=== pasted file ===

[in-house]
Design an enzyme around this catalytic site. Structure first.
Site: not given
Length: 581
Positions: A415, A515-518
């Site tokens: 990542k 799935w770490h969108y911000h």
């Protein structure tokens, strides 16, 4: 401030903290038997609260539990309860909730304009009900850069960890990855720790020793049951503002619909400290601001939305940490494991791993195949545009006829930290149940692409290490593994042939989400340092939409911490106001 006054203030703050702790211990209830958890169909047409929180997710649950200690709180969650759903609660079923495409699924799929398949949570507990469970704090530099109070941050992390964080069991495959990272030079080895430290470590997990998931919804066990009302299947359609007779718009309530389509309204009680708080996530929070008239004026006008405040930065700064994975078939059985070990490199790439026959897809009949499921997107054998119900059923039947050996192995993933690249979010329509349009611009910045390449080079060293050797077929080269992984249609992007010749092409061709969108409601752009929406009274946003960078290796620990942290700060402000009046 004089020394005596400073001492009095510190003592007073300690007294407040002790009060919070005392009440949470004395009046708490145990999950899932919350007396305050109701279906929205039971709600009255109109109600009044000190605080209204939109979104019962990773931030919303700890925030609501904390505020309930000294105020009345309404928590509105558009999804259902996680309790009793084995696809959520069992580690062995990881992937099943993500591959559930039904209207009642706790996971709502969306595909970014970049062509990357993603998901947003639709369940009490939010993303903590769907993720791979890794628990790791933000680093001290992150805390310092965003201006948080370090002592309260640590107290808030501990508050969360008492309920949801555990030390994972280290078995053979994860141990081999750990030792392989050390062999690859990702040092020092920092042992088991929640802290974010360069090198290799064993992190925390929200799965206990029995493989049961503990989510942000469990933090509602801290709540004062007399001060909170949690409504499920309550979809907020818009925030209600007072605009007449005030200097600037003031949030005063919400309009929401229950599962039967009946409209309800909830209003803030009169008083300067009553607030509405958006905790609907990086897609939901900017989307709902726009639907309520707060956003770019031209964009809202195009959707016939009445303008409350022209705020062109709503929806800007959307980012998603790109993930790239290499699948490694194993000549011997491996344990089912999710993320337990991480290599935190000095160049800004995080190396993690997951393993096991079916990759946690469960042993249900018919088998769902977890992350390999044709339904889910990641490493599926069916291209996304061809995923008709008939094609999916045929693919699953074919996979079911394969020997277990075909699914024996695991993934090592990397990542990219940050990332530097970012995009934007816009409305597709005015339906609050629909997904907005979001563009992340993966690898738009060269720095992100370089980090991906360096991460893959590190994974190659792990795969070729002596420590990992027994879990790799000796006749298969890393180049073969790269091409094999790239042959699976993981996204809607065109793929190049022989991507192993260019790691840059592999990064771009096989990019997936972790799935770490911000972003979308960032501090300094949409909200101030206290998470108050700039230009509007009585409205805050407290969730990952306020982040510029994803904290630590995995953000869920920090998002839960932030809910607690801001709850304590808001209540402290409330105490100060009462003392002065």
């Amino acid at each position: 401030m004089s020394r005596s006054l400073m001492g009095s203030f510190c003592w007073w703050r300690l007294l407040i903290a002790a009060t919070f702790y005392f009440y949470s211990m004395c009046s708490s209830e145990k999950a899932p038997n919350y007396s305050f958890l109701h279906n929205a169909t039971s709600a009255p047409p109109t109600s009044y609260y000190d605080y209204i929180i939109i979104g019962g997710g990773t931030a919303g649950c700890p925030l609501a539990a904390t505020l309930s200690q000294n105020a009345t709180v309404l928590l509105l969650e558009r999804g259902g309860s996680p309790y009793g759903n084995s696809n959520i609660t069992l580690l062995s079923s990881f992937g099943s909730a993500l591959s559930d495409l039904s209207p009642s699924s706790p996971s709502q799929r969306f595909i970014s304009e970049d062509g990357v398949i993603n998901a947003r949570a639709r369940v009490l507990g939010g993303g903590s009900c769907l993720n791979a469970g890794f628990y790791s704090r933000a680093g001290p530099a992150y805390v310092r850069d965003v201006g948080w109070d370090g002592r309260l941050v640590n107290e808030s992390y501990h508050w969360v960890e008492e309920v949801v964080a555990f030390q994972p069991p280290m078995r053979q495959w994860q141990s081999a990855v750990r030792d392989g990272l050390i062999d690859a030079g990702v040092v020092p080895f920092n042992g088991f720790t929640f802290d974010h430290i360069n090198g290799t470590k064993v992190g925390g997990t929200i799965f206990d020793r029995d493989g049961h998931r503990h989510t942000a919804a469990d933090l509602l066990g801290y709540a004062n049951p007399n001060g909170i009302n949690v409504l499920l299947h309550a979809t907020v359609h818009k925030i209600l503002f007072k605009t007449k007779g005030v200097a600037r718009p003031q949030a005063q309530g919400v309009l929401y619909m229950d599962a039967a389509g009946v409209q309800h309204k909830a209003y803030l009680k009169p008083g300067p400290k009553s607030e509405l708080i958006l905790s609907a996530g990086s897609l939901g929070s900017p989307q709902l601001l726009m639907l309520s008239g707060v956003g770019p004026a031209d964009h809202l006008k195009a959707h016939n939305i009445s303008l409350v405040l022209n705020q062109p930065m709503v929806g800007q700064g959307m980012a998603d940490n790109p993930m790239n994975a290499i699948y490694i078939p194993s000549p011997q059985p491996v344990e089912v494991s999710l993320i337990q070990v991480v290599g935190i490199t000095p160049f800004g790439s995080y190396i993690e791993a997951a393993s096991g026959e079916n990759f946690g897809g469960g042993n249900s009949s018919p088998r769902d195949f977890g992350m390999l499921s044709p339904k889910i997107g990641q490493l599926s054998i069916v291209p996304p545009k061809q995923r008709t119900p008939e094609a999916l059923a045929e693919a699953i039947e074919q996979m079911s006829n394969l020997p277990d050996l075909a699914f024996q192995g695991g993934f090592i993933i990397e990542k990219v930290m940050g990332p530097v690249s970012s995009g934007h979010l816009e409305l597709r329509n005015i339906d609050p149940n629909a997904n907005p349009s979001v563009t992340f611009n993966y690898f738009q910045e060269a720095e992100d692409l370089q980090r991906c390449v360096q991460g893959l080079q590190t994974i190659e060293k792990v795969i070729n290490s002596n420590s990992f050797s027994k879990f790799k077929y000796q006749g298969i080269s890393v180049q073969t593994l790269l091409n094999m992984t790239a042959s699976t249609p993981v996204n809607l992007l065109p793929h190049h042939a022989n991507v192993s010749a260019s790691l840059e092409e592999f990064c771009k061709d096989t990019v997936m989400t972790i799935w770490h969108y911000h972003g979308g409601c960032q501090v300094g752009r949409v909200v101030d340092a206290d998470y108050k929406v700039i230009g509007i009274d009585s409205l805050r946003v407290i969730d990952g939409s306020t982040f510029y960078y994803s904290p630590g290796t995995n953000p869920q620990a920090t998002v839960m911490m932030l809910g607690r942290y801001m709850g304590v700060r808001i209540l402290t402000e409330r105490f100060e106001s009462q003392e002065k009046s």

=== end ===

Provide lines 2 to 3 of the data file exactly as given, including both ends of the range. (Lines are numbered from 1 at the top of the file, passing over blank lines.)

Design an enzyme around this catalytic site. Structure first.
Site: not given